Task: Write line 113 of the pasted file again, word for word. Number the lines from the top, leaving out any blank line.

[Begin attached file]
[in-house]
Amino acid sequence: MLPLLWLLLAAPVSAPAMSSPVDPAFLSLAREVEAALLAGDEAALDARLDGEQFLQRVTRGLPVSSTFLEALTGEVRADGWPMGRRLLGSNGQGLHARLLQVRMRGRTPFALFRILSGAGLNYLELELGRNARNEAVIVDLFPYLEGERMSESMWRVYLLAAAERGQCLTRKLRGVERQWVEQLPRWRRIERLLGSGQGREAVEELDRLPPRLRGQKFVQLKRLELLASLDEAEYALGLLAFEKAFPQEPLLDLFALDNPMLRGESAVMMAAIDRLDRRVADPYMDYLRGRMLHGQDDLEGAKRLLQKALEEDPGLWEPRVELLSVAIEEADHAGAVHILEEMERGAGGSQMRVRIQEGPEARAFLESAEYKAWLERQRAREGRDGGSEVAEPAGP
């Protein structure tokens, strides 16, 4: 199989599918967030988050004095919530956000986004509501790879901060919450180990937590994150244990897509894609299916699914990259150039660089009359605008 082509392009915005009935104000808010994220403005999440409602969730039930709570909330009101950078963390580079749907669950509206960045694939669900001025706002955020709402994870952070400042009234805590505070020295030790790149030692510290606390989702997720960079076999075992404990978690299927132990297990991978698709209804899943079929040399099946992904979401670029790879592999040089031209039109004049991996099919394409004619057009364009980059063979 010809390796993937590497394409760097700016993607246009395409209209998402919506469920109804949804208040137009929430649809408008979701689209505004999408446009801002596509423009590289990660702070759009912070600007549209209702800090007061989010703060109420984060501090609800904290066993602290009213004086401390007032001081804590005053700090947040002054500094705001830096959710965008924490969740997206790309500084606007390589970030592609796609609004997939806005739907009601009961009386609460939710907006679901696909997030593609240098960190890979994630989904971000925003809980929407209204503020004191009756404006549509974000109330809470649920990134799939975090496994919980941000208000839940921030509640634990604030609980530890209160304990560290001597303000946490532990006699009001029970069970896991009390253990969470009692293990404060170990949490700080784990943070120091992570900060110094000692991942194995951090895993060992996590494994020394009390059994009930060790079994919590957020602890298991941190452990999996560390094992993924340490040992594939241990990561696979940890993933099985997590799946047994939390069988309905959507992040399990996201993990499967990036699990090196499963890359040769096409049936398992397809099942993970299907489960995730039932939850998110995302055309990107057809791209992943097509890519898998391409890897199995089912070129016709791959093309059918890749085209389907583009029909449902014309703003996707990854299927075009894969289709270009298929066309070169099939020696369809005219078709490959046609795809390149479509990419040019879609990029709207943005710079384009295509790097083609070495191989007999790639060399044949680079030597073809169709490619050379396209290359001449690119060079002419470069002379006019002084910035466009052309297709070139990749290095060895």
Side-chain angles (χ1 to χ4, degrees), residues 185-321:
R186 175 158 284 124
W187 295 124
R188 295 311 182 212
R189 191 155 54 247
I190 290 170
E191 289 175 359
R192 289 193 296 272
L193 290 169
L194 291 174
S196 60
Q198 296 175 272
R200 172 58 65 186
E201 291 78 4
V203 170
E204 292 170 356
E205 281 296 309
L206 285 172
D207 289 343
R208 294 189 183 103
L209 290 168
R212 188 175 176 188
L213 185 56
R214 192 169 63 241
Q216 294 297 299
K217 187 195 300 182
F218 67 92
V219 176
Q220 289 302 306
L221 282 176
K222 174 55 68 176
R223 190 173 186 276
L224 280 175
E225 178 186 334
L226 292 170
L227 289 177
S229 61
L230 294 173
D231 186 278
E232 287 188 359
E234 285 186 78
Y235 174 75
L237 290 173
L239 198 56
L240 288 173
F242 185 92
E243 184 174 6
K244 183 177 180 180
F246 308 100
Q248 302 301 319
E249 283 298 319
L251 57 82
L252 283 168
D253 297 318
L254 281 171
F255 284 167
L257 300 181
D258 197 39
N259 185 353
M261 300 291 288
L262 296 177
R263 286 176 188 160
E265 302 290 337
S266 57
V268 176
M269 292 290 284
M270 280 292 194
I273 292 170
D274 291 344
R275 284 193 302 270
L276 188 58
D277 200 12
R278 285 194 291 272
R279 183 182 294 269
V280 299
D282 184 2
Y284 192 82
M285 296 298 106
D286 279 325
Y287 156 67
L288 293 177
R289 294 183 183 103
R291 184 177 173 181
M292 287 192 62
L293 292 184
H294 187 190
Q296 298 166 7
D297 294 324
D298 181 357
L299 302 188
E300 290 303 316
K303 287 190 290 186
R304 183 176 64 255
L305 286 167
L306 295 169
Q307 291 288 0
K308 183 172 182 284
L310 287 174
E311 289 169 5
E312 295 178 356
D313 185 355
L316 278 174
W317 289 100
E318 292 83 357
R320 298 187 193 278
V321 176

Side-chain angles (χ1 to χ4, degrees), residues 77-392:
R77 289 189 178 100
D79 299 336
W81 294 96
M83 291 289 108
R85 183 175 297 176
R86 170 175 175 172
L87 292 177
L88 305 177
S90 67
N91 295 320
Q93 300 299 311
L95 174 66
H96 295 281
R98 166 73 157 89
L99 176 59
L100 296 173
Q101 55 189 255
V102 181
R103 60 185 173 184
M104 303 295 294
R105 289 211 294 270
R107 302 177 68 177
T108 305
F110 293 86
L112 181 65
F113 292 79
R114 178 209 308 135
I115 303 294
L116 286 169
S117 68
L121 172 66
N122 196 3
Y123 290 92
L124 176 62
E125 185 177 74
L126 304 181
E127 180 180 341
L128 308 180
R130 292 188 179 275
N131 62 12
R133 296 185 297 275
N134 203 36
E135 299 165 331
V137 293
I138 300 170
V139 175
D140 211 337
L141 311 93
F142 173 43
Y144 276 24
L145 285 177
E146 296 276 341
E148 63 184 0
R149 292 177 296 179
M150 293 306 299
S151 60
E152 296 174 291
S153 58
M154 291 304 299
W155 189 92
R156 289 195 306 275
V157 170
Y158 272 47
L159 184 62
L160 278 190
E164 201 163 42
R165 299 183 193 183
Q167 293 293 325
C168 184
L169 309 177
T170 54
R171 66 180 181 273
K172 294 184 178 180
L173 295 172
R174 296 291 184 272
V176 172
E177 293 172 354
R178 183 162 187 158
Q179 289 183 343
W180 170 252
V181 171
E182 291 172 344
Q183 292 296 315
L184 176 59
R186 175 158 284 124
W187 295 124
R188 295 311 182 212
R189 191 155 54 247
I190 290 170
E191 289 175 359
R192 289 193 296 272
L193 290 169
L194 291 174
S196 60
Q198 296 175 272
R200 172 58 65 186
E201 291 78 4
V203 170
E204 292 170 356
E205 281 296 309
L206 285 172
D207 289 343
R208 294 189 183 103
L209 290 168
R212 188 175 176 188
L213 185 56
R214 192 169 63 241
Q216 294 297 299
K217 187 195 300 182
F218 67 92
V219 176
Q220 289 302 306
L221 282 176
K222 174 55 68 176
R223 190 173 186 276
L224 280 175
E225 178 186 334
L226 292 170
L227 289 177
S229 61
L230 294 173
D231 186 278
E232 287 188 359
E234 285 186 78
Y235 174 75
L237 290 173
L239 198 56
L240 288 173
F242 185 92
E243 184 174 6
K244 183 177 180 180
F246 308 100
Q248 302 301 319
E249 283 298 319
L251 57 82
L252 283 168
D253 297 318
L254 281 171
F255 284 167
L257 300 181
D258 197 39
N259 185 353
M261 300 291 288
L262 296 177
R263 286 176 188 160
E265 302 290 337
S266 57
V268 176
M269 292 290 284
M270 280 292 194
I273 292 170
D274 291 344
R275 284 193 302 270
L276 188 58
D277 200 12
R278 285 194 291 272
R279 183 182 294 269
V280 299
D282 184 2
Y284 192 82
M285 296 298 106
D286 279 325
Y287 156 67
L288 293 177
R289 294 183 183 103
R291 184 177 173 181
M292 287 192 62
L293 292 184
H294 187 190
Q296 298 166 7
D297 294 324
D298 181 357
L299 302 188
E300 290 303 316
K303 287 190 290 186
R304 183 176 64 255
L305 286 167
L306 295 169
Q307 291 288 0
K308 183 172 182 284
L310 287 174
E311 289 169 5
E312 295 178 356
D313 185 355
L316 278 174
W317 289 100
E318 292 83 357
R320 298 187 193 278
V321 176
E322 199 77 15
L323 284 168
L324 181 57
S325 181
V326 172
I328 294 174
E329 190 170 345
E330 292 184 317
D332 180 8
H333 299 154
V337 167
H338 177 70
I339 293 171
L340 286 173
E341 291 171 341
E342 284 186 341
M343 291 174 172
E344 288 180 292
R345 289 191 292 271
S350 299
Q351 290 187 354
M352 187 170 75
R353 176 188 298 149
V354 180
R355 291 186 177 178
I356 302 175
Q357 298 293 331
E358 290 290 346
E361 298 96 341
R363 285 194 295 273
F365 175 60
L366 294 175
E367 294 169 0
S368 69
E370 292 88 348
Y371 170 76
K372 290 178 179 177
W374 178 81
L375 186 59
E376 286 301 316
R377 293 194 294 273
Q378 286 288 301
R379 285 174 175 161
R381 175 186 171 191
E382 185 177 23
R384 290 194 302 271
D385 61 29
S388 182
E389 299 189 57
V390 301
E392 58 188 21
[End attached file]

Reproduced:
W81 294 96